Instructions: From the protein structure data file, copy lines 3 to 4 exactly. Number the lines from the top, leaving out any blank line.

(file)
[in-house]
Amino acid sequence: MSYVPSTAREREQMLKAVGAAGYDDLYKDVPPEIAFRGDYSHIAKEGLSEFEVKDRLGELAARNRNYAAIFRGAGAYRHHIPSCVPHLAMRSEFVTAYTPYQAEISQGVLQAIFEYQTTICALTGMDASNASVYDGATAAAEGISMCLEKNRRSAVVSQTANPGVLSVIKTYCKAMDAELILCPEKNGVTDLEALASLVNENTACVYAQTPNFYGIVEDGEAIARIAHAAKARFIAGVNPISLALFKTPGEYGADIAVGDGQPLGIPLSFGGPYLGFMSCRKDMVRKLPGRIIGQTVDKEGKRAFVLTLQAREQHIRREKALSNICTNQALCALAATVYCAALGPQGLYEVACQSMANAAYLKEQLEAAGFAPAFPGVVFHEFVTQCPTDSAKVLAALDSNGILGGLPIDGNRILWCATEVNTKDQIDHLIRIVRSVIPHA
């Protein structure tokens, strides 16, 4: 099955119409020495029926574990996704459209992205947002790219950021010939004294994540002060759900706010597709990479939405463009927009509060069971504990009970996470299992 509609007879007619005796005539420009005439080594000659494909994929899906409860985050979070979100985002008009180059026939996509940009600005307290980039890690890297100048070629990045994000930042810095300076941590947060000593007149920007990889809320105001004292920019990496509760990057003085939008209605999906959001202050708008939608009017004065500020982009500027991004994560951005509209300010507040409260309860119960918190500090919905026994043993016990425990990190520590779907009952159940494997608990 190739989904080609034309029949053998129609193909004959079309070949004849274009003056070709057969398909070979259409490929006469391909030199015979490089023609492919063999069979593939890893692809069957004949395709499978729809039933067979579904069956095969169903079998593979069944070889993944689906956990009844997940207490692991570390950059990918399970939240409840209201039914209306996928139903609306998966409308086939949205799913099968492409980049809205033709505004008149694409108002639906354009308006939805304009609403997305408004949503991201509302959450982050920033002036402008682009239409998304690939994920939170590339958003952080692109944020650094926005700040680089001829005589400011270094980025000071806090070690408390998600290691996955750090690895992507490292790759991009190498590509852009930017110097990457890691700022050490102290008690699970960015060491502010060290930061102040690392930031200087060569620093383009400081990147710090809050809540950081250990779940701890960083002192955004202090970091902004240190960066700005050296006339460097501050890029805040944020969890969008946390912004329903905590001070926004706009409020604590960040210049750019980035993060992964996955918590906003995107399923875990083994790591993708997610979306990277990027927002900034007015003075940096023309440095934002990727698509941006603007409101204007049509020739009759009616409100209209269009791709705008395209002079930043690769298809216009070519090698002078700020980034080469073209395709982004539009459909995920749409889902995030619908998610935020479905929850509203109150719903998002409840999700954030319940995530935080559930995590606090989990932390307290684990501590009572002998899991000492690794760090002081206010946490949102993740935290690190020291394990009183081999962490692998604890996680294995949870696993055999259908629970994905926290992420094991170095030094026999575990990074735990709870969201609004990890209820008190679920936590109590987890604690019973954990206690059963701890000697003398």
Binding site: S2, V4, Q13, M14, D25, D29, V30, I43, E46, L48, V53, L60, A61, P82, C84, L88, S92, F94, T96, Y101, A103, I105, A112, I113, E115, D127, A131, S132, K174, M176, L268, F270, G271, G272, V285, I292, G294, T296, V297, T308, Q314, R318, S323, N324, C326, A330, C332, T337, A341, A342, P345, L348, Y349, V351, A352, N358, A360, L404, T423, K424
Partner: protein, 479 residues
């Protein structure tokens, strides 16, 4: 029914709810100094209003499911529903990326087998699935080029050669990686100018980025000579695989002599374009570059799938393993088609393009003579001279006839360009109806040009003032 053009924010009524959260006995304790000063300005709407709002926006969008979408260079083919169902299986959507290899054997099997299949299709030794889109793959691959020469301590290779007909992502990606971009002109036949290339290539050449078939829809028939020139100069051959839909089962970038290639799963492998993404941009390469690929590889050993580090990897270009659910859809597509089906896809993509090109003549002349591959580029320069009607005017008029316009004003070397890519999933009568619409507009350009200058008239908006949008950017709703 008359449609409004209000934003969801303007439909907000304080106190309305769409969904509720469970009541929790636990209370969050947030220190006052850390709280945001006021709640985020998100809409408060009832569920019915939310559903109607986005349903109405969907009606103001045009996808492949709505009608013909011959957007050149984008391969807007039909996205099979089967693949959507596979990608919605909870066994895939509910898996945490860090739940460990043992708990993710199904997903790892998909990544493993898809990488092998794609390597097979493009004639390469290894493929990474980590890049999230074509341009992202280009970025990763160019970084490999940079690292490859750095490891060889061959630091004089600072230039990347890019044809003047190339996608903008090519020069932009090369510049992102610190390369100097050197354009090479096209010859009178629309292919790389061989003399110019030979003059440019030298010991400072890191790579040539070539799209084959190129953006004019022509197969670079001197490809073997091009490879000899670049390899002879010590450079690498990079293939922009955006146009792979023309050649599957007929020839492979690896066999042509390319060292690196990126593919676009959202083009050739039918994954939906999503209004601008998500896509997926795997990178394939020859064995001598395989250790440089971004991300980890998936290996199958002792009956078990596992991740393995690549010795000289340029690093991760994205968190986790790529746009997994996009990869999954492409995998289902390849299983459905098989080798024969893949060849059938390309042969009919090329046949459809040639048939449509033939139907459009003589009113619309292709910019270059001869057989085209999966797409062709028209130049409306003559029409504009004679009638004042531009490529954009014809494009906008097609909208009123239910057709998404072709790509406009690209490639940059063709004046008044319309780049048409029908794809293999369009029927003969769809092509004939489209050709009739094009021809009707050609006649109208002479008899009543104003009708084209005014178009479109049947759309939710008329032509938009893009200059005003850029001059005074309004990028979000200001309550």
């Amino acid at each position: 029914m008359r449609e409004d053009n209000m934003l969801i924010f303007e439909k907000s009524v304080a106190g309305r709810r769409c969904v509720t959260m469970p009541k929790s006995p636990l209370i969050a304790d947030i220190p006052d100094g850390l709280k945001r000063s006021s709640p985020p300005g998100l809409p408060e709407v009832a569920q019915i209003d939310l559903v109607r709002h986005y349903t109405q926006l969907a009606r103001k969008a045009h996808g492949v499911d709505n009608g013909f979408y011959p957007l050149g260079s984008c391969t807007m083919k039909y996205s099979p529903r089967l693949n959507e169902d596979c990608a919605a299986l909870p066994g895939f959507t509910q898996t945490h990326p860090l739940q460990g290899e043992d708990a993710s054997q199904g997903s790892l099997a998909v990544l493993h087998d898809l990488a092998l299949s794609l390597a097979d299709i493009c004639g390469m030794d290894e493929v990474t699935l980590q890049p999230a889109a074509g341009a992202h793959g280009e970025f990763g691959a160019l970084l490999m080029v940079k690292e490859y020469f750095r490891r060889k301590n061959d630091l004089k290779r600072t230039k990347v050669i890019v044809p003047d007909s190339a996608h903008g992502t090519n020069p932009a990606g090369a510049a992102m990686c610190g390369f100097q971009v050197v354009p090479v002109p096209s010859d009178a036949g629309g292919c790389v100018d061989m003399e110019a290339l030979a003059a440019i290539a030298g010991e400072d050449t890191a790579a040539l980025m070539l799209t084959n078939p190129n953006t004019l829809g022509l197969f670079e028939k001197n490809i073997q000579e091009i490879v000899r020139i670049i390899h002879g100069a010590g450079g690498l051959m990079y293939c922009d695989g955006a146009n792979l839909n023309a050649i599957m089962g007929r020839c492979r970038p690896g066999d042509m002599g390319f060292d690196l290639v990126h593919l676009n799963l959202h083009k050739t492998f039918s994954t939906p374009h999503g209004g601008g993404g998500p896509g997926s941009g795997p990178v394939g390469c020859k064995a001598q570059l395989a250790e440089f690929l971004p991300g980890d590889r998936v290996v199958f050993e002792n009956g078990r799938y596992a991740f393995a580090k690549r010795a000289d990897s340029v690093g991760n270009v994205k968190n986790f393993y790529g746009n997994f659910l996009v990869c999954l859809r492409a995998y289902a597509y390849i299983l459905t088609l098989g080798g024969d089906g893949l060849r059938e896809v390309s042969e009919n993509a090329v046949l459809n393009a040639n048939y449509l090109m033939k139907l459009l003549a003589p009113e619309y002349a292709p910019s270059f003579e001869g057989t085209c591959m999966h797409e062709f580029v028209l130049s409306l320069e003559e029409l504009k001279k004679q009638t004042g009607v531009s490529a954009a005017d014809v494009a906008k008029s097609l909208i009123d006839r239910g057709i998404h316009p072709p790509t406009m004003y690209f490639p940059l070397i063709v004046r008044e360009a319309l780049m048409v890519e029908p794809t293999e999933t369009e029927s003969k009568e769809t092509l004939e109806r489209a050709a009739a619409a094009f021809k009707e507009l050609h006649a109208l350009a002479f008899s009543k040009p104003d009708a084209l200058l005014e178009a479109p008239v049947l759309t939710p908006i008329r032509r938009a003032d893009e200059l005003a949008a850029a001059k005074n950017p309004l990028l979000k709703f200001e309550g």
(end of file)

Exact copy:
């Protein structure tokens, strides 16, 4: 099955119409020495029926574990996704459209992205947002790219950021010939004294994540002060759900706010597709990479939405463009927009509060069971504990009970996470299992 509609007879007619005796005539420009005439080594000659494909994929899906409860985050979070979100985002008009180059026939996509940009600005307290980039890690890297100048070629990045994000930042810095300076941590947060000593007149920007990889809320105001004292920019990496509760990057003085939008209605999906959001202050708008939608009017004065500020982009500027991004994560951005509209300010507040409260309860119960918190500090919905026994043993016990425990990190520590779907009952159940494997608990 190739989904080609034309029949053998129609193909004959079309070949004849274009003056070709057969398909070979259409490929006469391909030199015979490089023609492919063999069979593939890893692809069957004949395709499978729809039933067979579904069956095969169903079998593979069944070889993944689906956990009844997940207490692991570390950059990918399970939240409840209201039914209306996928139903609306998966409308086939949205799913099968492409980049809205033709505004008149694409108002639906354009308006939805304009609403997305408004949503991201509302959450982050920033002036402008682009239409998304690939994920939170590339958003952080692109944020650094926005700040680089001829005589400011270094980025000071806090070690408390998600290691996955750090690895992507490292790759991009190498590509852009930017110097990457890691700022050490102290008690699970960015060491502010060290930061102040690392930031200087060569620093383009400081990147710090809050809540950081250990779940701890960083002192955004202090970091902004240190960066700005050296006339460097501050890029805040944020969890969008946390912004329903905590001070926004706009409020604590960040210049750019980035993060992964996955918590906003995107399923875990083994790591993708997610979306990277990027927002900034007015003075940096023309440095934002990727698509941006603007409101204007049509020739009759009616409100209209269009791709705008395209002079930043690769298809216009070519090698002078700020980034080469073209395709982004539009459909995920749409889902995030619908998610935020479905929850509203109150719903998002409840999700954030319940995530935080559930995590606090989990932390307290684990501590009572002998899991000492690794760090002081206010946490949102993740935290690190020291394990009183081999962490692998604890996680294995949870696993055999259908629970994905926290992420094991170095030094026999575990990074735990709870969201609004990890209820008190679920936590109590987890604690019973954990206690059963701890000697003398």
Binding site: S2, V4, Q13, M14, D25, D29, V30, I43, E46, L48, V53, L60, A61, P82, C84, L88, S92, F94, T96, Y101, A103, I105, A112, I113, E115, D127, A131, S132, K174, M176, L268, F270, G271, G272, V285, I292, G294, T296, V297, T308, Q314, R318, S323, N324, C326, A330, C332, T337, A341, A342, P345, L348, Y349, V351, A352, N358, A360, L404, T423, K424